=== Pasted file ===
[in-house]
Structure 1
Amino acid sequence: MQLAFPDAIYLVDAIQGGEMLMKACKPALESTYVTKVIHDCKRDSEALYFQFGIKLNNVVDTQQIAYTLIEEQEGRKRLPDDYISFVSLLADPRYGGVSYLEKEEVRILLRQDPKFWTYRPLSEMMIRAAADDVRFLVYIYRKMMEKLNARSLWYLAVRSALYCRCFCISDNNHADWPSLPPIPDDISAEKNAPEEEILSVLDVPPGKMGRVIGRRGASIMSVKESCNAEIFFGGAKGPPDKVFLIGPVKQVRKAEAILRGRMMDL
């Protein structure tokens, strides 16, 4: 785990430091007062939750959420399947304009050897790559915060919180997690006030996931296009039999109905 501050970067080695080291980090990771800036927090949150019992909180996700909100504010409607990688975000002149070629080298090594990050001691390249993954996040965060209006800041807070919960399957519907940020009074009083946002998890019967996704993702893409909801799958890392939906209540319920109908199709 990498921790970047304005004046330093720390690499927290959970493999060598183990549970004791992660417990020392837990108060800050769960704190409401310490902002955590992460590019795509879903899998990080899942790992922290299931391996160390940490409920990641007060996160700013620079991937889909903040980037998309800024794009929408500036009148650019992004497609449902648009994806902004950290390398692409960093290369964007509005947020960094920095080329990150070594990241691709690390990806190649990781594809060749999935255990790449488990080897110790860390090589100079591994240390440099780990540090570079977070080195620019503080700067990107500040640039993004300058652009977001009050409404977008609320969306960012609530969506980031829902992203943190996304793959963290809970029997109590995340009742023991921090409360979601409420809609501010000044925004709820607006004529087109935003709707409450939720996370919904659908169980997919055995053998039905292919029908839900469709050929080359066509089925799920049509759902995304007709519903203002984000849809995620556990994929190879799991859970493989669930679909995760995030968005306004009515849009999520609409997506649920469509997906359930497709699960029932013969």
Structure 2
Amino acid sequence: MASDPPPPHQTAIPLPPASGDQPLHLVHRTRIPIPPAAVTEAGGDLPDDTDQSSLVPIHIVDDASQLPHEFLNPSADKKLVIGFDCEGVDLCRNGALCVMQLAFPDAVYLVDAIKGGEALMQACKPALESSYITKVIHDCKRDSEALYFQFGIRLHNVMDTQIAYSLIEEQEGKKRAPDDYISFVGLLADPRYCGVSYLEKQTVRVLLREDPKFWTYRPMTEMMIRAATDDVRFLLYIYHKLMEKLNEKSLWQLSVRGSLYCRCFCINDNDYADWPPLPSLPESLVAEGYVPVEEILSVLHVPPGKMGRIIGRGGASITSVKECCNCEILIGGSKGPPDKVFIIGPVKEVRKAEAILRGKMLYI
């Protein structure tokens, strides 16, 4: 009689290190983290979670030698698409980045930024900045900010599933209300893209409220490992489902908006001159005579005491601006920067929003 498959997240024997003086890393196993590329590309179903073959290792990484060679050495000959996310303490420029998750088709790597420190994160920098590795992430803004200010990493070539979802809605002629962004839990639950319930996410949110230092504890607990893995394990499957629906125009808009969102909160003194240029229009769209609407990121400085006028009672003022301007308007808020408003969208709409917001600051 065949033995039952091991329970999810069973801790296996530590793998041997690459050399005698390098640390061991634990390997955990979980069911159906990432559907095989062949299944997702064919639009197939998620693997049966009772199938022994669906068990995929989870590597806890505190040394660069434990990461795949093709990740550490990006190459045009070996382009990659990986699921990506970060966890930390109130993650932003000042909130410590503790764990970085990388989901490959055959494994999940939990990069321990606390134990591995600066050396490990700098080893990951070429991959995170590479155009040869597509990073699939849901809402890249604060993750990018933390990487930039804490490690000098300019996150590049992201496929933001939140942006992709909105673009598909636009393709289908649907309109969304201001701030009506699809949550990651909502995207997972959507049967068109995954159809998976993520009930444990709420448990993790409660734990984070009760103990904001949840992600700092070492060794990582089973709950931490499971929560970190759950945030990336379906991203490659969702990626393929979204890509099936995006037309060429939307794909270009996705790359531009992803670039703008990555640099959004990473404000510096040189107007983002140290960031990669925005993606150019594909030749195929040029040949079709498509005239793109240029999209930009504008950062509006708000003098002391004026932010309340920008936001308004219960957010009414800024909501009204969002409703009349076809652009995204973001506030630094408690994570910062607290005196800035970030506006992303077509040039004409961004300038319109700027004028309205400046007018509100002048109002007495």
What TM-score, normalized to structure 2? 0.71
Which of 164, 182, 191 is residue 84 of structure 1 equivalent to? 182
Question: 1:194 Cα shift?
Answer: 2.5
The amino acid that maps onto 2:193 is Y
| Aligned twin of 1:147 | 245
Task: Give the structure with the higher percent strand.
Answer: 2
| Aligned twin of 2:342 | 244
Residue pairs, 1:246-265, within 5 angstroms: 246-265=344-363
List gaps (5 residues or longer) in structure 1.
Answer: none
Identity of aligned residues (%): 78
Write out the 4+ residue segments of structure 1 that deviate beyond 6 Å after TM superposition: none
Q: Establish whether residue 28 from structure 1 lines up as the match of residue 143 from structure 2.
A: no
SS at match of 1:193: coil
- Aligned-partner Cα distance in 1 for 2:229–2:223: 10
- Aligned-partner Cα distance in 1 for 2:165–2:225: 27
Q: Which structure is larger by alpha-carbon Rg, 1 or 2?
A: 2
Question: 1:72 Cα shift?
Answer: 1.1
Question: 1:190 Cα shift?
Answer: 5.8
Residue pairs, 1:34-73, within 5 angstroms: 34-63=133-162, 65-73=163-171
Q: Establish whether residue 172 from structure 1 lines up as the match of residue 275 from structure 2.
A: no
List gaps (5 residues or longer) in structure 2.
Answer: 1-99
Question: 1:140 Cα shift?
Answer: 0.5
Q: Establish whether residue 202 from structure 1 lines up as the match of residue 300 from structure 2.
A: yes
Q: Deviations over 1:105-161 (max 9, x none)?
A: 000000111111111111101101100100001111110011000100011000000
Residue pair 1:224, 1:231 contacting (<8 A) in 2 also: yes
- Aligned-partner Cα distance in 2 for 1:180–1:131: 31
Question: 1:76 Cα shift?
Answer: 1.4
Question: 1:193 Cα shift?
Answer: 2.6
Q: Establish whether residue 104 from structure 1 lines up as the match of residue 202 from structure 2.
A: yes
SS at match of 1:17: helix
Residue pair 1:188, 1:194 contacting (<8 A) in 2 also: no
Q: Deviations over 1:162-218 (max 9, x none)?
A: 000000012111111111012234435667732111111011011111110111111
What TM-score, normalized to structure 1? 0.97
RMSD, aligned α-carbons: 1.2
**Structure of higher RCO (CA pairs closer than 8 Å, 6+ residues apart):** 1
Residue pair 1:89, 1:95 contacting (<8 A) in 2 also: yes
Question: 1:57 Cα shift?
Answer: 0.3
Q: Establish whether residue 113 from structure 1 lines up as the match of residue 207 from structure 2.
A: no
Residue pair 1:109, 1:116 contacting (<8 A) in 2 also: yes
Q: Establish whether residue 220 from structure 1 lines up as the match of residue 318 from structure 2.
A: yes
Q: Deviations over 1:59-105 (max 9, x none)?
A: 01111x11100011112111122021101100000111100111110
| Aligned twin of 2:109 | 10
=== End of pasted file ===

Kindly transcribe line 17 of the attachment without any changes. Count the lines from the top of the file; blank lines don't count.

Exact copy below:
Residue pairs, 1:246-265, within 5 angstroms: 246-265=344-363